Ida Browne

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Ida Alison Browne
Ida Alison Brown c.1932.png
Born Ida Alison Brown
16 August 1900
Paddington (Sydney)
Died 21 October 1976
Edgecliff (Sydney)
Nationality Australian
Occupation Geologist

Ida Alison Browne (1900–1976) was an Australian geologist and palaeontologist at the University of Sydney.

Early life and education[edit]

Ida Alison Brown was born 16 August 1900 in Paddington, Sydney, New South Wales.[1] She was educated at Fort Street Girls' High School, and went on to study her B.Sc. at the University of Sydney, graduating with Honours, winning the University medal in geology and the Deas Thomson scholarship in 1922.[2]

Career[edit]

Giving up the scholarship in 1922 at the request of Professor Edgeworth David,[3] she worked as a demonstrator in geology and petrology at the University until 1927, and researched the minerals of Broken Hill and geology of the south coast of New South Wales.[2] After being awarded a Linnean-Macleay Fellowship from 1927-1931 she further worked on the geology of this region, undertook extensive mapping, travelled overseas visiting research institutes and attending scientific congresses.[1][4]

Brown took her D.Sc. in 1932,[5] the second woman to do so at the University of Sydney,[6] and then found work hard to find. She was unable to work for mining companies because women were forbidden from working underground.[4] She again worked as a demonstrator until 1934, when she became Assistant Lecturer in palaeontology, following the illness of W.S. Dun. She spent considerable time developing her knowledge of palaeontology to the exclusion of other geological research, as well as carrying a full teaching load.[4] Brown was promoted to full lecturer in 1940, and published a paper on the fossiliferous Silurian and Devonian sequences of the Yass district with Germaine Joplin, in 1941. She attempted to work with colleague, Dorothy Hill from the University of Queensland to publish internationally, but mainly focused on Australian publications and her teaching responsibilities.[7] Moving from hard rock to soft rock studies, Brown's research evolved into the study of Palaeozoic invertebrates, specifically brachiopods, as well as stratigraphical studies. Her mapping skills were praised, and her Taemas map continues to be of use.[7] She became a Senior Lecturer in 1945,[1] but like many women, Ida Brown resigned from teaching in 1950, with her marriage to fellow geologist and colleague, William Rowan Browne.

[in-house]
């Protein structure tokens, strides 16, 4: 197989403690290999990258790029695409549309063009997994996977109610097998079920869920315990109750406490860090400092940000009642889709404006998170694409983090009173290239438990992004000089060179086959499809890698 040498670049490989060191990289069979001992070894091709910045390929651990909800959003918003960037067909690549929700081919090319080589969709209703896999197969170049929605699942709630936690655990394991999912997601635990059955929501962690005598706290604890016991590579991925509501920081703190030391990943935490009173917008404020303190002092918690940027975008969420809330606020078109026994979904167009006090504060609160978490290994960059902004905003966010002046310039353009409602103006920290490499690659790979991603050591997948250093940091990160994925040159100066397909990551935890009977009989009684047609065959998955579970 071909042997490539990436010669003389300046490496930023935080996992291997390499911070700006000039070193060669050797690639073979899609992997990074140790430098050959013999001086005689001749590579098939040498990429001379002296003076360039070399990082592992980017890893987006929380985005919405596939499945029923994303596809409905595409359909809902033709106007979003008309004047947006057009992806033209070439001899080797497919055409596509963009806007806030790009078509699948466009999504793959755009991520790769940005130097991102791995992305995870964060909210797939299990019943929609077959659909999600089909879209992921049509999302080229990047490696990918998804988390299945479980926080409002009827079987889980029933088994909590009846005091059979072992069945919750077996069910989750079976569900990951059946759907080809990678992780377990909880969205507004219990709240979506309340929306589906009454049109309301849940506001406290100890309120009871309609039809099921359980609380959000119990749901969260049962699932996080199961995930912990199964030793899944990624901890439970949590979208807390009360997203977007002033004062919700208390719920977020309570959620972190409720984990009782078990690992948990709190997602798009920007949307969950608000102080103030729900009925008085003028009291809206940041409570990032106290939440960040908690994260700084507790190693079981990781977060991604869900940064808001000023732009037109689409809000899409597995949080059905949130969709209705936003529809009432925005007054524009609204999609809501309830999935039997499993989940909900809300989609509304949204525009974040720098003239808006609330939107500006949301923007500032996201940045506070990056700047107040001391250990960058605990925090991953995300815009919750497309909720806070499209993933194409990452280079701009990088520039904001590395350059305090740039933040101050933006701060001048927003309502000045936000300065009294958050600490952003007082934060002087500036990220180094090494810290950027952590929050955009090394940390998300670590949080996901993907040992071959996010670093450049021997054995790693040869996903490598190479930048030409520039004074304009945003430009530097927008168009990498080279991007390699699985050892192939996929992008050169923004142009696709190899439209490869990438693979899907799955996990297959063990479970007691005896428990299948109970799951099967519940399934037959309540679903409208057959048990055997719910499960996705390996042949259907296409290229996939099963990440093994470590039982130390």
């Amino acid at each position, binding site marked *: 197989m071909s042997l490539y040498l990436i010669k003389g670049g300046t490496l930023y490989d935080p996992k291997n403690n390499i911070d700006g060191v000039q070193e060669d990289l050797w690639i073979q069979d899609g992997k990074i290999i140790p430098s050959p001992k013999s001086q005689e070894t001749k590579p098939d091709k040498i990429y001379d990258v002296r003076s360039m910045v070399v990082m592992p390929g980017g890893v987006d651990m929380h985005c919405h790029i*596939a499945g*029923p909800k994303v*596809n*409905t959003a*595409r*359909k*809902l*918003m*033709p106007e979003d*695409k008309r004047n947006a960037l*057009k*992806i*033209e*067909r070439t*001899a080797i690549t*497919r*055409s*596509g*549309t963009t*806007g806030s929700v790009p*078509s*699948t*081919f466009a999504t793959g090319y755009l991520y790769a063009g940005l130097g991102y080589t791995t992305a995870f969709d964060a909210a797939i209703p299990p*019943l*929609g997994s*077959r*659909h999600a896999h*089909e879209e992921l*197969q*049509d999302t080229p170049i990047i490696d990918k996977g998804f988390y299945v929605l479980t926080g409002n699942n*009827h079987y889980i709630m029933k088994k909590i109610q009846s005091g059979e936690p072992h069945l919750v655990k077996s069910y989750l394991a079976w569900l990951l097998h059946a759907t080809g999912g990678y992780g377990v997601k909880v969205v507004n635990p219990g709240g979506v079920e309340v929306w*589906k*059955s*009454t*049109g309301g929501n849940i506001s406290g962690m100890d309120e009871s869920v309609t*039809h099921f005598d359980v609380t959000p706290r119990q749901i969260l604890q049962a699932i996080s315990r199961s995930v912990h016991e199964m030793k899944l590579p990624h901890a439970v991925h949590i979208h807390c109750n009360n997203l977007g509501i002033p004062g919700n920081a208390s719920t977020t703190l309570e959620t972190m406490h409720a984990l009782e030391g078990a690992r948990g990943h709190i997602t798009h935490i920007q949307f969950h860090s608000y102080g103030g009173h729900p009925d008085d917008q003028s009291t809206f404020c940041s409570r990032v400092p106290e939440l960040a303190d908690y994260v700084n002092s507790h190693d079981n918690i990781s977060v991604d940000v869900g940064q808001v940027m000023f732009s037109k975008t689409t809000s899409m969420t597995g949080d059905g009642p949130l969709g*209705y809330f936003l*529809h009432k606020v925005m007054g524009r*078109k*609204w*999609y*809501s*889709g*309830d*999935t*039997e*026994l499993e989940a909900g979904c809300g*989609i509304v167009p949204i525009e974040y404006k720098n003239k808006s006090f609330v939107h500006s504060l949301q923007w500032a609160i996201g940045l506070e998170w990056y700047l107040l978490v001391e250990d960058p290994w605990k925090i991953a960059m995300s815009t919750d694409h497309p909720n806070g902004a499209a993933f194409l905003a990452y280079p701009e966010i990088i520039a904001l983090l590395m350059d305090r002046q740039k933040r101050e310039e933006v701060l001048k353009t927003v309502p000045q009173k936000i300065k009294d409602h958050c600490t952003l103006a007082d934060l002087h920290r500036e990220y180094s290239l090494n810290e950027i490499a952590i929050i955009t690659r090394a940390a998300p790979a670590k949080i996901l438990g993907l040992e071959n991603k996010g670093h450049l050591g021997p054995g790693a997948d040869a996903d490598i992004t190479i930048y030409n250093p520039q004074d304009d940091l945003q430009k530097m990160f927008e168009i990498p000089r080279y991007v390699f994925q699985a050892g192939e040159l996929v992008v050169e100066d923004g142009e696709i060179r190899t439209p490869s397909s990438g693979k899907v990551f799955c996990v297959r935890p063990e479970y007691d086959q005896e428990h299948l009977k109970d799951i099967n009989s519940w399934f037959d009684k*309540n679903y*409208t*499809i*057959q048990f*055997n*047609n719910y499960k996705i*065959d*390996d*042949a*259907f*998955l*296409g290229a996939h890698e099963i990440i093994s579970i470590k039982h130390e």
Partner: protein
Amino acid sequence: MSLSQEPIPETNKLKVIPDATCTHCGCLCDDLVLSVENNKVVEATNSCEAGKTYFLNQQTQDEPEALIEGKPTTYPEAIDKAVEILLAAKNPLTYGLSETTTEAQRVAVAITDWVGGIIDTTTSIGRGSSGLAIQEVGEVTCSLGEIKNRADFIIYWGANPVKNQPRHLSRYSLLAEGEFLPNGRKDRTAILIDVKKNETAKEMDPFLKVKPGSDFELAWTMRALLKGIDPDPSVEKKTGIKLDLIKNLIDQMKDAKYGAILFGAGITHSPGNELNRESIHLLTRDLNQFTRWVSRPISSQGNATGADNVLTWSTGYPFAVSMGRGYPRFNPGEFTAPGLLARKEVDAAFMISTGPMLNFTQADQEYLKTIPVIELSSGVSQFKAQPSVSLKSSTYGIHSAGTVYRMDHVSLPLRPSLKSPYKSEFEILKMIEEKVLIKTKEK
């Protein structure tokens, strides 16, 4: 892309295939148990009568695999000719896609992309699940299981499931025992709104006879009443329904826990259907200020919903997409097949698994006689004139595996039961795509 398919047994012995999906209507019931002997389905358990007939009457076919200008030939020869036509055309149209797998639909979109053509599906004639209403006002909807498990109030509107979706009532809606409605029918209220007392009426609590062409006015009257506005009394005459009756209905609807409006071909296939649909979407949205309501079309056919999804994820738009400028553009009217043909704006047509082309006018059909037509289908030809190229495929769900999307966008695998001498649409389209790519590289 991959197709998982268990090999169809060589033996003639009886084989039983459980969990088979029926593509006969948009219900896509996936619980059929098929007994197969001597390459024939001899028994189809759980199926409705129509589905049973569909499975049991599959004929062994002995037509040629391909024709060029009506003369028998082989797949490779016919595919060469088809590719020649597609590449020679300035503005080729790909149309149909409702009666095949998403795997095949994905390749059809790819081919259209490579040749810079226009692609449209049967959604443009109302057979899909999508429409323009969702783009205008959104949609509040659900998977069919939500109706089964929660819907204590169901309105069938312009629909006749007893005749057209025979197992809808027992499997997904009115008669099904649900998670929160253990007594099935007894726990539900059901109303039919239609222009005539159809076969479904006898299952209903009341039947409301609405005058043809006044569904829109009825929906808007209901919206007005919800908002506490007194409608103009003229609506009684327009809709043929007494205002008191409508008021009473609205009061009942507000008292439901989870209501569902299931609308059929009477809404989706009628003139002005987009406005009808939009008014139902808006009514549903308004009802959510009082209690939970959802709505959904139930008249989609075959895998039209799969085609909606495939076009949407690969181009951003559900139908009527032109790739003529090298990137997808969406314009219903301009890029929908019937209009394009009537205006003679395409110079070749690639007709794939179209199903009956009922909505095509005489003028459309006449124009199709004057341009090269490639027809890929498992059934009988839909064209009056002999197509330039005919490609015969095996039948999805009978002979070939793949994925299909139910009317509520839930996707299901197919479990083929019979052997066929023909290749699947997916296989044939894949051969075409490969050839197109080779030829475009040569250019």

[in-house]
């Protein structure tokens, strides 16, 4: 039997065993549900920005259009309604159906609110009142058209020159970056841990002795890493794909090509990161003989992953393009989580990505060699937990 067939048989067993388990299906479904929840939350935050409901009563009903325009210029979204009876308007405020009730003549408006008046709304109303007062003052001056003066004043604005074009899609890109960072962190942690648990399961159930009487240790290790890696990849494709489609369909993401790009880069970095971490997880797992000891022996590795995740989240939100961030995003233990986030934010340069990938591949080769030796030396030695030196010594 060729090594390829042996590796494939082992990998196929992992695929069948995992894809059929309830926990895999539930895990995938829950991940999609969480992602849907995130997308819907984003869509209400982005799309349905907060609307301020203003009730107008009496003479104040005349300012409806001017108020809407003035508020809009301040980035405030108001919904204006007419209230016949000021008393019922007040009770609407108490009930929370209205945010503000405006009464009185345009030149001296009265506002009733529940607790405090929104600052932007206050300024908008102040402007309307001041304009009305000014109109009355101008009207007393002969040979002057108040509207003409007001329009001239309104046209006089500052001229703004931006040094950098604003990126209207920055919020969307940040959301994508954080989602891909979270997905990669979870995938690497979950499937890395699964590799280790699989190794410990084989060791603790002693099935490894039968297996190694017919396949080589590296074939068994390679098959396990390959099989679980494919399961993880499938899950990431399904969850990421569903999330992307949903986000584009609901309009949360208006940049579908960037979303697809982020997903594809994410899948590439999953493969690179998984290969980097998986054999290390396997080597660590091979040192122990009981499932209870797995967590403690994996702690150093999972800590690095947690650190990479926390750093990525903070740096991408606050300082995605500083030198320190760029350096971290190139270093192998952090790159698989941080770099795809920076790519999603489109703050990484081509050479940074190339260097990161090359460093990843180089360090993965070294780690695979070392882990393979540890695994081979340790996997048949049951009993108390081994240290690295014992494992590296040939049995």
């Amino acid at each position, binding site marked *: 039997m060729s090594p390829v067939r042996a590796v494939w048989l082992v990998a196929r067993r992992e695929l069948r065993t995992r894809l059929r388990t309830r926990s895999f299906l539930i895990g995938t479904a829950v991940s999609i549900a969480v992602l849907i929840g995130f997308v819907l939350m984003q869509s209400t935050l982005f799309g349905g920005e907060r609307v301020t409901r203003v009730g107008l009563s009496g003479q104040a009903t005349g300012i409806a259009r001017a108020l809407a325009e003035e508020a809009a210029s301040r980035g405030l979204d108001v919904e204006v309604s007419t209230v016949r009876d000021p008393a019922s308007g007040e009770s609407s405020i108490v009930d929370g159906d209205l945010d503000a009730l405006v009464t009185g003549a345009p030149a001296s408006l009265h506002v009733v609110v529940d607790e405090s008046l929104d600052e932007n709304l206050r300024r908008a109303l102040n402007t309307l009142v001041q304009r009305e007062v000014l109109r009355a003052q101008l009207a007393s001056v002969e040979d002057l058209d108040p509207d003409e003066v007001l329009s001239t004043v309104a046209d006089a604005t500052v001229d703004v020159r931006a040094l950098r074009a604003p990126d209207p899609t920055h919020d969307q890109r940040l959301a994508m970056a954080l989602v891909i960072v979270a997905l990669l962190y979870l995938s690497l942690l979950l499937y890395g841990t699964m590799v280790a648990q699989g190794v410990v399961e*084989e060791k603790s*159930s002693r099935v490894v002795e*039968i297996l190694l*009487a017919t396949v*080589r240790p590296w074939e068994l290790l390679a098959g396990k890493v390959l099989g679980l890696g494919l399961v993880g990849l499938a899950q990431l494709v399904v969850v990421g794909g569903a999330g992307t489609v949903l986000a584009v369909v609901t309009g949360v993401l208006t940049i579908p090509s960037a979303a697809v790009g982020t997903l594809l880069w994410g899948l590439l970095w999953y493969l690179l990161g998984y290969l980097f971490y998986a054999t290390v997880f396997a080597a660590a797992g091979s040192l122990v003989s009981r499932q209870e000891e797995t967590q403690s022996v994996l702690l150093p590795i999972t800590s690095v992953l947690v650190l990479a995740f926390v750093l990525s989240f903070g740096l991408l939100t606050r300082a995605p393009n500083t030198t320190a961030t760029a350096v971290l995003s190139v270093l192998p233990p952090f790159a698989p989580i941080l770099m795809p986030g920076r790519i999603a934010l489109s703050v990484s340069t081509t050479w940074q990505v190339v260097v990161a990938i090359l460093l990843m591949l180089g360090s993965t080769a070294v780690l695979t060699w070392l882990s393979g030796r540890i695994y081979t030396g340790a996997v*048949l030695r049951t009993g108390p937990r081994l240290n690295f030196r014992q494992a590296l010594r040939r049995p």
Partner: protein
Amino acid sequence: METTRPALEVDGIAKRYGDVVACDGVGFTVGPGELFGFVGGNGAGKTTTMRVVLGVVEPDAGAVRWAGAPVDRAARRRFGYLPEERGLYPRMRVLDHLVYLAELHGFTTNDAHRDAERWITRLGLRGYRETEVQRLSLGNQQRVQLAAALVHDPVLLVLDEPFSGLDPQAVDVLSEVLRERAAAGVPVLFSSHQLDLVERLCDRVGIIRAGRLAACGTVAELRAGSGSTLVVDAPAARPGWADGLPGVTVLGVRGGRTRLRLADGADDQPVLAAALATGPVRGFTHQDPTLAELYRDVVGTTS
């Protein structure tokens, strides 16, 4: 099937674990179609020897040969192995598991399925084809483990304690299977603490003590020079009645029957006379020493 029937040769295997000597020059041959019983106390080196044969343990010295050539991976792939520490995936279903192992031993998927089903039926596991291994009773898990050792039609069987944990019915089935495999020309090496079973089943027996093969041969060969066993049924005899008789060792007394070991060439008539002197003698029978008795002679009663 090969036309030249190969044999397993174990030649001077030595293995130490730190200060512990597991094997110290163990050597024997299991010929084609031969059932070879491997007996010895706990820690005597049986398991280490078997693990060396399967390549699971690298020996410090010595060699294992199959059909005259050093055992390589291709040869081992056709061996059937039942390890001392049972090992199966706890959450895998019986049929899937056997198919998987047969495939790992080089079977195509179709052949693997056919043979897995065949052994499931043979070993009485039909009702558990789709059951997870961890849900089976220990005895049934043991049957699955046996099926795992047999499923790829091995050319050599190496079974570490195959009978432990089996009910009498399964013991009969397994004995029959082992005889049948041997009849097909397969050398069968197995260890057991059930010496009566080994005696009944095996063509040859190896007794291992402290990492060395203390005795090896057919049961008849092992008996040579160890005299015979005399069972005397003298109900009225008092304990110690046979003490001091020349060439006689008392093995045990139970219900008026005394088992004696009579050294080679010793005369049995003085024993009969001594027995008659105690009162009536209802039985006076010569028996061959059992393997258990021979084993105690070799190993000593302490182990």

Later life[edit]

William and Ida Browne worked from their home residence, undertaking fieldwork when required up until 1965. She published ten papers after her marriage to Browne.[2] She assisted him on his field trips to Kosciusko and he assisted her on field trips to Yass and other regions of New South Wales.[8] She was a member of the Royal Society of New South Wales and Linnean Society of New South Wales, and was the first woman president of the Linnean Society in 1945.[9] She was Vice President of the Royal Society of New South Wales from 1942–1950, Honorary Editorial Secretary from 1950–1953 and first woman President in 1953. She was a member of the Australian National Research Council, ANZAAS and Geological Society of Australia.[1] She was a generous donor of books to the Australian Museum and University of Wollongong libraries.[2] She also supported the creation of the William Rowan Browne medal to honour her husband's legacy.[2]

Browne suffered from a paralysing illness from 1970[4] and died 21 October 1976 in Edgecliff, New South Wales.[1] Her husband had predeceased her the previous year.

References[edit]

  1. ^ a b c d e Vallance, T. G. Browne, Ida Alison (1900–1976). Australian Dictionary of Biography. Canberra: National Centre of Biography, Australian National University. 
  2. ^ a b c d e Branagan, David (1977). "Ida Alison Browne". Journal and proceedings of the Royal Society of New South Wales. 110: 75–76. Retrieved 26 August 2016. 
  3. ^ Hooker, Claire (2001). "Stratigraphy: Dr Ida Alison Browne, 1900-1976" (PDF). Australasian Science. 22 (5). Retrieved 24 August 2016. 
  4. ^ a b c d Hooker, Claire (2004). Irresistible forces: Australian women in science. Melbourne University Press. pp. 77–87. ISBN 052285107X. 
  5. ^ "DOCTOR OF SCIENCE. - MISS IDA ALISON BROWN". The Sydney Morning Herald (NSW : 1842 - 1954). Trove. 10 December 1931. Retrieved 2016-08-23. 
  6. ^ "No title". The Sun (Sydney, NSW : 1910 - 1954). Trove. 30 December 1931. Retrieved 2016-08-24. 
  7. ^ a b Turner, Susan (2007). "Invincible but mostly invisible: Australian women's contribution to geology and palaeontology". Geological Society of London, Special Publications. 281. doi:10.1144/SP281.11. 
  8. ^ "William Rowan Browne 1884-1975". Biographical Memoirs. Australian Academy of Science. Retrieved 2016-08-23. 
  9. ^ "She was a Fellow for six years". The Sun (Sydney, NSW : 1910 - 1954). Trove. 1 April 1945. Retrieved 2016-09-05.